Pre-cuneiform writing tablet noting food ratios, Archives from the Temple of the Sky God, from Uruk (Irak), Late Uruk Period, around 3300 BC, Louvre Lens
Pre-cuneiform writing tablet noting food ratios. Archives from the Temple of the Sky God
From Uruk (Irak)
Late Uruk Period, around 3300 BC.
The first documents written on clay tablets appeared in Uruk IV, around 3300 BC.
Gold amulet pendant, possibly depicting Teshub, the Hittite Storm God, around 1400-1200 BC, from Central Anatolia.
Gold amulet pendant, possibly depicting Teshub, the Hittite Storm God
From Yozgat, Central Anatolia (Turkey)
Around 1400-1200 BC.
Fragment of a painted limestone statue of a deceased couple, from Egypt, around 1391-1353 BC (reign of Amenophis III).
Fragment of a painted limestone statue of a deceased couple
Around 1391-1353 BC (reign of Amenophis III)
From Egypt.
Fragments of decoration from the Temple of Inshushinak, tutelary god of Susa, depicting a bull man and palm tree, from Suse (Iran), around 1150 BC.
Fragments of decoration from the Temple of Inshushinak, tutelary god of Susa, depicting a bull man and palm tree
Around 1150 BC
From Suse (Iran).
Relief depicting a hunting scene in a chariot which decorated a wall in the palace of Maradesh, king of Melid, Neo-Hittite period, 9th century BC, from Malatya (Turkey).
Relief depicting a hunting scene in a chariot which decorated a wall in the palace of Maradesh, king of Melid
Neo-Hittite period, 9th century BC
From Malatya (Turkey).
Engraved cippus surmonted by a head representing the Egyptian deity Bes, protector of households, around 750-600 BC, from Larnaca (Cyprus).
Engraved cippus surmonted by a head representing the Egyptian deity Bes, protector of households
Around 750-600 BC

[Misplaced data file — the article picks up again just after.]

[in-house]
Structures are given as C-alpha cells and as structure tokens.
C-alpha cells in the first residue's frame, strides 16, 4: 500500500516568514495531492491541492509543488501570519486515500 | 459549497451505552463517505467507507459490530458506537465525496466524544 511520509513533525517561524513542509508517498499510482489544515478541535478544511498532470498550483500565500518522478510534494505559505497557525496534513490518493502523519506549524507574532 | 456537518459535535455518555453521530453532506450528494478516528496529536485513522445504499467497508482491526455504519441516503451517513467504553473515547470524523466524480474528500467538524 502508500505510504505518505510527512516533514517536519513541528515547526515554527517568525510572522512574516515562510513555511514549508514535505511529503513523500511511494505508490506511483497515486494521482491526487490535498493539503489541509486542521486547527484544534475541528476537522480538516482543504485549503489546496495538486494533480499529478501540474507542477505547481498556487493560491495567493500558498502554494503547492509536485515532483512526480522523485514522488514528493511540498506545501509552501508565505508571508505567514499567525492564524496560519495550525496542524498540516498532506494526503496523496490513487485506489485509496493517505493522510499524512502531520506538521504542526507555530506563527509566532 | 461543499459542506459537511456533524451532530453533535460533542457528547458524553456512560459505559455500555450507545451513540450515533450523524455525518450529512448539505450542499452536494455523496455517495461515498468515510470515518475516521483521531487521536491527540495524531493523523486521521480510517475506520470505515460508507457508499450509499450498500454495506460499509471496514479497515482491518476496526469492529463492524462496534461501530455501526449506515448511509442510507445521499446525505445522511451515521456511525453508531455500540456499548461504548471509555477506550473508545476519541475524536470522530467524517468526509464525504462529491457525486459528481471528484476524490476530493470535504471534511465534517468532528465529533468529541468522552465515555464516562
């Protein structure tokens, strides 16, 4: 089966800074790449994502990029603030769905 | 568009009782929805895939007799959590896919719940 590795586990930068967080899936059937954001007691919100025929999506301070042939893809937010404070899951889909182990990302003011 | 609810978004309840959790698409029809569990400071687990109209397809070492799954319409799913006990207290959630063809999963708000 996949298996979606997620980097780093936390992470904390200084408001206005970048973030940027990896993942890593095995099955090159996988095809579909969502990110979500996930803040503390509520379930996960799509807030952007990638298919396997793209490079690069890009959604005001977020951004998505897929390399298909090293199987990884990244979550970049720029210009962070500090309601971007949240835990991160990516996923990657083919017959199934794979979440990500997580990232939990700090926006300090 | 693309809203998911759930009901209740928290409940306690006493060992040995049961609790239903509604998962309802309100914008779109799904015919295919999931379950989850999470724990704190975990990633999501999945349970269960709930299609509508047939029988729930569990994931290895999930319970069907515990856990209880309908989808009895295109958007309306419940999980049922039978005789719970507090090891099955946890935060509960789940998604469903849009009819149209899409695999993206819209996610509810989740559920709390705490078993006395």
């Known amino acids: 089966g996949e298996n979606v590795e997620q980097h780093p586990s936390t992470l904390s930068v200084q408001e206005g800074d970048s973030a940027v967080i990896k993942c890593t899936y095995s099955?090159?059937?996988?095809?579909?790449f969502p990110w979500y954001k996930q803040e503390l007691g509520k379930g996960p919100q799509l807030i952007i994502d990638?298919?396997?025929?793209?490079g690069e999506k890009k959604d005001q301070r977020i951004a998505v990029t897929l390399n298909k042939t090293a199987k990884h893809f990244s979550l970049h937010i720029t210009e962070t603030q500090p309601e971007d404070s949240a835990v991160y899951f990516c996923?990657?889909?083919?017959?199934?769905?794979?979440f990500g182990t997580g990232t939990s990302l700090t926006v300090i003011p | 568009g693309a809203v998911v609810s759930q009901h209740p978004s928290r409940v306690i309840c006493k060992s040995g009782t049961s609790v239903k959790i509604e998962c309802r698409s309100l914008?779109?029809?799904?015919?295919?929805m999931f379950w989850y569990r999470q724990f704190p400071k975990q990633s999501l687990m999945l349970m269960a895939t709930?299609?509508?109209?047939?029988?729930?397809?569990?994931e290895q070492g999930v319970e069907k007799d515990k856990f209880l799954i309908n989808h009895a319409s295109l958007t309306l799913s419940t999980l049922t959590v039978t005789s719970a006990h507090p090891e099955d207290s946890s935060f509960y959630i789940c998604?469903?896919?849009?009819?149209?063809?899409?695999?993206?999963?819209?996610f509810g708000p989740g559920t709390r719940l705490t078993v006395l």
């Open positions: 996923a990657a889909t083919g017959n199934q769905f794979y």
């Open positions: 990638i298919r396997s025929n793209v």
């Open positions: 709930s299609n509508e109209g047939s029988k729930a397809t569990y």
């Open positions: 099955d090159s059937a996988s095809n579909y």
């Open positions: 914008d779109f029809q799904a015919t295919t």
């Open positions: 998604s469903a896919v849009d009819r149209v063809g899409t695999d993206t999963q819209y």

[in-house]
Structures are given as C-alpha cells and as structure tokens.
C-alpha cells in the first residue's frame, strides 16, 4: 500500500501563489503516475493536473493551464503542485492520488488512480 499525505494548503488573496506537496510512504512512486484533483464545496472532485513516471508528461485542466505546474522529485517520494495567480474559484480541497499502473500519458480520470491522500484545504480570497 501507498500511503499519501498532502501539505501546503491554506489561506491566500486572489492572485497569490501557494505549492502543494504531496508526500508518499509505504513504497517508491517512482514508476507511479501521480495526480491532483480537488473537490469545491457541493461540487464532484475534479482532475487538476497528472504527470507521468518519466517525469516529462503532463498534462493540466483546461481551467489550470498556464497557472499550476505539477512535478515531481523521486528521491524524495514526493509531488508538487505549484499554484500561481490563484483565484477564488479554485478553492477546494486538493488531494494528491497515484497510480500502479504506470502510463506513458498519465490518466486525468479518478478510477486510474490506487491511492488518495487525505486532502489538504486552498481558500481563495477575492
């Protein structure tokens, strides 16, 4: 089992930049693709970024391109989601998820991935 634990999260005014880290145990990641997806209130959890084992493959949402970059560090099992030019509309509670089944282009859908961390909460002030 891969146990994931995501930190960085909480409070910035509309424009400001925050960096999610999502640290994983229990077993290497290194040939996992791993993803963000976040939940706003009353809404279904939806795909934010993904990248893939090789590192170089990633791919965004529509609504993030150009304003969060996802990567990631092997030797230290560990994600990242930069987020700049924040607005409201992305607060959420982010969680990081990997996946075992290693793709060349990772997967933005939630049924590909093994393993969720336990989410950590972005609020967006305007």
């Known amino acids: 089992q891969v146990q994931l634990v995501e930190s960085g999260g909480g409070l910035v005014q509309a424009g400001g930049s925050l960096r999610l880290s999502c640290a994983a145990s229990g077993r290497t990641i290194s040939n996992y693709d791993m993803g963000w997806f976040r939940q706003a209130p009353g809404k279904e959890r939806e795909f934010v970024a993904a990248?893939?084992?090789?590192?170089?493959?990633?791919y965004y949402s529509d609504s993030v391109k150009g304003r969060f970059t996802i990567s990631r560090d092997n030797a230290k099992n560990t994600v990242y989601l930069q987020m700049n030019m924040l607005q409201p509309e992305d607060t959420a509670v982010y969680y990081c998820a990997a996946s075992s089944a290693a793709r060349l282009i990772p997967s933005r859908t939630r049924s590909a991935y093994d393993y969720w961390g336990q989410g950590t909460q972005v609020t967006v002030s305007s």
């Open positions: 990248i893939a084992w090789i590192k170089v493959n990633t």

From Larnaca (Cyprus).
Etruscan cinerary urn with a female head and articulated arms, from Chiusi (Italy), around 550-500 BC.
Etruscan cinerary urn with a female head and articulated arms
From Chiusi (Italy)
Around 550-500 BC.
Troop of funerary servant figures (shabtis) in the name of Neferibreheb, around 500 BC, from Memphis (Egypt).
Troop of funerary servant figures (shabtis) in the name of Neferibreheb
Around 500 BC
From Memphis (Egypt).
Terracotta statuette of Nike, the personification of victory, from Myrina (Turkey), around 190 BC.
Terracotta statuette of Nike, the personification of victory
Around 190 BC
From Myrina (Turkey).
Fragment of a fresco depicting a woman beside a fawn (Bacchic cult scene?), from Pompeii, around 30-50 AD, Louvre Lens
Fragment of a fresco depicting a woman beside a fawn (Bacchic cult scene?)
From Pompeii
Around 30-50 AD.
The Praetorians Relief from the Arch of Claudius, once part of the Arch of Claudius erected in 51 AD to commemorate the conquest of Britain.
The Praetorians Relief from the Arch of Claudius, once part of the Arch of Claudius erected in 51 AD to commemorate the conquest of Britain
From Rome (Italy).
Statue of Hermaphroditus, Louvre Lens, son of Hermes and Aphrodite, around 130-150 AD, from Egypt, France
Statue of Hermaphroditus, Louvre Lens, son of Hermes and Aphrodite
Around 130-150 AD
From Egypt.
Tauroctony relief representing Mithras sacrificing the bull (CIMRM 415-416), around 100-200 AD, from the Capitoline Hill in Rome (Italy).
Tauroctony relief representing Mithras sacrificing the bull
Around 100-200 AD
From the Capitoline Hill in Rome (Italy).
Cuirassed statue of Marcus Aurelius, from Gabies (?), end of the 2nd century AD.
Cuirassed statue of Marcus Aurelius
From Gabies? (Italy)
End of the 2nd century AD.
Fragment of a mosaic floor depicting a preparation of a banquet, found in Carthage, around 180-190 AD, Louvre Lens
Fragment of a mosaic floor depicting a preparation of a banquet
Found in Carthage
Around 180-190 AD.
Sarcophagus depicting a musical context between the god Apollo and the satyr Marsyas, around 290-300 AD, from Cosa (Italy).
Sarcophagus depicting a musical context between the god Apollo and the satyr Marsyas
Around 290-300 AD
From Cosa (Italy).

See more images from the Louvre-Lens antique collections on Flickr